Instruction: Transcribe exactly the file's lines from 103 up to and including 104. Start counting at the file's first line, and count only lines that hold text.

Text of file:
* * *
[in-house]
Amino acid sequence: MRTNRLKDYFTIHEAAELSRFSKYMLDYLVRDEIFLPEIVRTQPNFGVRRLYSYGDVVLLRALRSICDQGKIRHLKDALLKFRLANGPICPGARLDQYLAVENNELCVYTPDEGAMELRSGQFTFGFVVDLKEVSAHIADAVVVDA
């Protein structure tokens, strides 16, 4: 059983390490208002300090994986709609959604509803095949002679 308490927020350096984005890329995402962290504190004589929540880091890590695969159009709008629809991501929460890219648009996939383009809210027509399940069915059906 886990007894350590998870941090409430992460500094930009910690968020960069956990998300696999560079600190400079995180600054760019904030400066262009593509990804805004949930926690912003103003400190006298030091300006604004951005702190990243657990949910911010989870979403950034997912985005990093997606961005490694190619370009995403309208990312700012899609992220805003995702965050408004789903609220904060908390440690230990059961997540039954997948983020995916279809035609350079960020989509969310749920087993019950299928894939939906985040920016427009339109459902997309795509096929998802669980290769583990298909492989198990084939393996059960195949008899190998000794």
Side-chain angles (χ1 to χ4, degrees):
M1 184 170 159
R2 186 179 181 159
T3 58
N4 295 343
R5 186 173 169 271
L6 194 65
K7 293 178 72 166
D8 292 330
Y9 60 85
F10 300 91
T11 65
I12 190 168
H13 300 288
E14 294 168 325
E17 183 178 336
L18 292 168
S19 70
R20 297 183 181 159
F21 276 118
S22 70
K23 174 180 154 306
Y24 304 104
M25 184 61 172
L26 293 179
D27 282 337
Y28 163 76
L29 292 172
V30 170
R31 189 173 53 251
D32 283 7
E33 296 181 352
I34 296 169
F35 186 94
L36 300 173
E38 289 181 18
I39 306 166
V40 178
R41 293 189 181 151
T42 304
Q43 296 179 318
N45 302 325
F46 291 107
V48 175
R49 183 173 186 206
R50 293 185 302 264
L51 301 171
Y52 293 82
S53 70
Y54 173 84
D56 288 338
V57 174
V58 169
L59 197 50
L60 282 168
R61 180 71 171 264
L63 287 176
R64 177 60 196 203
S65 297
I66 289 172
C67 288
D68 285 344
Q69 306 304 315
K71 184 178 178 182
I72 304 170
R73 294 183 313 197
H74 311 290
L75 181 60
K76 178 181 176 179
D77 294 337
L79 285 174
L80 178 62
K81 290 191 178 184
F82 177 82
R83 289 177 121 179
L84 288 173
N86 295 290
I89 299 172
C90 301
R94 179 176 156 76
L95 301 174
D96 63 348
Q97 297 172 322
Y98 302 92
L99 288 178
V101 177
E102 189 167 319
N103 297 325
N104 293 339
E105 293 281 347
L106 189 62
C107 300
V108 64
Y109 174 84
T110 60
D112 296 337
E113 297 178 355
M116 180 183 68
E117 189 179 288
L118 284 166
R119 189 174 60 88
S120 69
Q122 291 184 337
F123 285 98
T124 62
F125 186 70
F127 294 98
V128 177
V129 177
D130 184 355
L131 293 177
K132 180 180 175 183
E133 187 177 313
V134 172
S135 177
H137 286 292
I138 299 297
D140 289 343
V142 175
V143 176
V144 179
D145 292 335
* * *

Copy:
L118 284 166
R119 189 174 60 88